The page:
Cruise ship industry traffic is getting a new boost into Southeast Alaska in August with the arrival of the Norwegian Encore at the site of what was once a thriving pulp mill, now transformed in a multi-million-dollar dock facility to accommodate neopanamax sized vessels.
It’s one of the latest steps in the long-term transformation of Alaska’s southeasternmost major community, which lies on Revillagigedo Island, a summer fish camp for Tlingit Natives on the southern tip of the Inside Passage, which connects the Gulf of Alaska to Puget Sound.
“We’re excited the ships are coming back to Alaska,” said John Binkley, president of the Ward Cove Dock Group in Ketchikan. “I feel great, excited, over the moon. The island is all excited. Tour operators and developers of the Ward Cove Dock Group had been ready to welcome the big cruise vessels during the 2020 cruise season, but with the novel coronavirus pandemic sweeping globally no cruise ships showed up.”
Now the Norwegian Encore, voted Porthole Cruise Magazine’s best new ship of 2020, is set for a first call, non-revenue arrival with company guests on Aug. 4, followed by a second stop with some 4,000 passengers on the 169,000 gross ton vessel on Aug. 12. All passengers and crew are required to be fully vaccinated against the COVID-19 virus. Other cruise vessels began arriving several weeks earlier at the city-owned Port of Ketchikan.
Binkley partnered in the dock investment with Ketchikan businessman Dave and Andrew Spokely, and then in partnership with Norwegian Cruise Lines, proceeded with the project, which is designed to moor two neopanamax ships at once. Neopanamax vessels are about 1,400 feet in length, 180 feet in width and 60 feet in draft, compared with 1,155 feet in length, 141 feet in beam and 47.5 feet in draft for panamax vessels.
Turnagain Marine Construction of Anchorage, the firm that built the dock, will be honored this fall with the receipt of Associated General Contractors of America’s National Environmental Enhancement Award, honoring members that “build the nation’s most impressive construction projects ranging across the building, highway and transportation, utility infrastructure and federal heavy divisions.”
Development of the new cruise dock itself had indeed presented a challenge.
“Permitting is always a big challenge,” Binkley said. “This was particularly challenging because it was a superfund site.”
When the old Ketchikan Pulp Company, the mainstay of the city’s economy, closed its doors in 1997, environmental regulators found extensive pollution at the mill site and at the bottom of Ward Cove, where the company had dumped waste into the water for years. Decomposing logs had produced toxins that made the seafloor uninhabitable for many critters that dwell there. Ultimately, that seafloor area was capped with a thick layer of sand and subsequently former bottom dwellers returned.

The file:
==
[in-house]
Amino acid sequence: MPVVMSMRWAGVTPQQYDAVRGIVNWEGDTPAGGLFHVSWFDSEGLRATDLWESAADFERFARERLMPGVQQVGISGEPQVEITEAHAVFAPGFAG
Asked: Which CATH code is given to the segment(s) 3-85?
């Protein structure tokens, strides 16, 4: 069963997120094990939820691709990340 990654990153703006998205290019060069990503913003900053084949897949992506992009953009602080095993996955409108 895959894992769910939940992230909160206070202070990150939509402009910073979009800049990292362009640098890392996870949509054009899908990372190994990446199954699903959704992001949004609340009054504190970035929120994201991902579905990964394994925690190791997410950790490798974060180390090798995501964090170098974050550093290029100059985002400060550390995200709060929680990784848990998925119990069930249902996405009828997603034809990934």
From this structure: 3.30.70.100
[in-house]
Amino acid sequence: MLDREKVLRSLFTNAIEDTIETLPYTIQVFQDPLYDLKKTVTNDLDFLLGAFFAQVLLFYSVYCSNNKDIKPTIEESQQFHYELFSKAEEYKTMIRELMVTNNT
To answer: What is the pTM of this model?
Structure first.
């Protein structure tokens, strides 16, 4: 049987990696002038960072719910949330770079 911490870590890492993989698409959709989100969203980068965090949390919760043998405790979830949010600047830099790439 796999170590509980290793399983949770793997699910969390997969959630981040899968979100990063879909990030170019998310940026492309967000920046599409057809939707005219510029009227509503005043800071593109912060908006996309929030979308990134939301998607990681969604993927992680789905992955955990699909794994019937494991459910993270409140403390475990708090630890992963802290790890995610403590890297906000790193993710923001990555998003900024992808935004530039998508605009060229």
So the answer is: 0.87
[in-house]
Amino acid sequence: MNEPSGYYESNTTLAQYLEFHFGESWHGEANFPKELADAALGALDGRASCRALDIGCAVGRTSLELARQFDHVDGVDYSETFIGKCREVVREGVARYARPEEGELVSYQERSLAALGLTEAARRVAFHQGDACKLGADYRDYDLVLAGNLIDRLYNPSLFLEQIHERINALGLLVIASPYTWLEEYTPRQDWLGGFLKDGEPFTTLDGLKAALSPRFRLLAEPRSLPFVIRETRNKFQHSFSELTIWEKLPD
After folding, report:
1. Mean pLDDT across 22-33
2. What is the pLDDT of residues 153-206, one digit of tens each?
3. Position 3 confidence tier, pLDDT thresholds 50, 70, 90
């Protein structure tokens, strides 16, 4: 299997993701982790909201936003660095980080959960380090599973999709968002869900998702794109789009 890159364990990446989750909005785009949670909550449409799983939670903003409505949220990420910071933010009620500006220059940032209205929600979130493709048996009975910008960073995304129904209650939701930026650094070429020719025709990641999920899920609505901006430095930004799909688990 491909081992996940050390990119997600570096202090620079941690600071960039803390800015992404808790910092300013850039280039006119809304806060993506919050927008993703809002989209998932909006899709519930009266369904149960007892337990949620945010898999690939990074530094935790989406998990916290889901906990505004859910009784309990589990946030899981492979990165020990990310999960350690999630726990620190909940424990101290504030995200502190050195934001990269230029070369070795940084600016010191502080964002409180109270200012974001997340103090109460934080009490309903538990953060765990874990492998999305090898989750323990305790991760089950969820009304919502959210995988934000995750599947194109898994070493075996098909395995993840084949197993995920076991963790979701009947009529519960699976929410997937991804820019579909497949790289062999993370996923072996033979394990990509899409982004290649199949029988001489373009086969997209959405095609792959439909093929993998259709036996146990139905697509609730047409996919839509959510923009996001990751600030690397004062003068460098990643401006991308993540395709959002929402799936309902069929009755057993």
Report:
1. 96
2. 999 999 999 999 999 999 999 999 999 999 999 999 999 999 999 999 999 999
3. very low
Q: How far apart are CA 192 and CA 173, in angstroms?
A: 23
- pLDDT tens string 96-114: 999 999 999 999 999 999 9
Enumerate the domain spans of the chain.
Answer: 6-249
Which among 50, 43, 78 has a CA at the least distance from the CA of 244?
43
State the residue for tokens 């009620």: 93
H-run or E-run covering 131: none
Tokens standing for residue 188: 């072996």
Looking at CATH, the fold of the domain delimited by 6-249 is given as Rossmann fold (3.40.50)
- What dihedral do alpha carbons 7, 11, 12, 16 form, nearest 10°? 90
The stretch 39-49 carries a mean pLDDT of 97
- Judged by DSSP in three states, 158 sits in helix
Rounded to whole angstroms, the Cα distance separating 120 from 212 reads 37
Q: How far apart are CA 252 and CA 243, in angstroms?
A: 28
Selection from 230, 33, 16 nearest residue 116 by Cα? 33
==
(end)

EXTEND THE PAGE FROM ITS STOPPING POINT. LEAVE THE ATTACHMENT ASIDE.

To ensure the environmental safety of that sand cap, “we needed to reduce our footprint, so there was a unique design that reduced the number of pilings we had to use,” Binkley explained.
“It was all a challenge also because of the global pandemic, but Turnagain Marine was just very organized an efficient,” Binkley said. “They have a great workforce, and they were careful in terms of the process.”
Jason Davis, president of Turnagain Marine Construction, was in fact quoted in a letter announcing the dock project, saying that “we anticipated the environmental challenges from the initial concept and designed the project to protect past environmental cleanup actions and the abundant marine life in the cove.”
Dock Design & Construction
The dock design was modified to use fewer pilings, and thus fewer penetrations of the sea floor, creating a more robust, unified structure, Binkley said. Silt curtains were used too, to contain sediment as the pilings were being installed.
Another design decision critical to the project was to have the dock not run parallel to the beach but perpendicular, so that the stern of the vessels remains in water over 130 feet in depth, Binkley said. That decision will avoid scouring of the bottom of the cove by the vessels’ propulsion systems, protecting the habitat for critters inhabiting the sea floor, he said.
During construction, Turnagain also had five marine mammal observers in the area on the lookout for whales and other sea mammals, he said.
Sound is critical to the survival of orca and bowhead whales, who rely on their keen hearing abilities to detect, recognize and locate important sounds to navigate, avoid predators, forage and communicate in the marine environment. For that reason, marine construction projects at ports and elsewhere are required under their permits to cease operations when these whales are detected within a certain distance of the construction work.
Work continues meanwhile on the uplands, which include some 57,000 square feet of old brick buildings from the old Ward Cove plant. Upland facilities will include a welcome center for visitors coming off of the cruise ships into the Southeast Alaska rainforest. “People won’t go into a parking lot, but a welcome center, to get oriented,” Binkley said. “Then they will be taken to motor coaches” for onshore side trips, for cultural activities, visits to totem parks, kayaking and even ziplining.
“We have a lot of plans for the whole area,” he said. “We will develop that over time as finances allow.”
Officials in the city of Ketchikan, one of the communities most severely economically impacted by the pandemic, are ready, said Michelle O’Brien, executive director of the Ketchikan Chamber of Commerce. Independent travelers have been showing up, along with several smaller cruise ships, she said. Tourism season business is not back to normal, but it’s getting better, she said.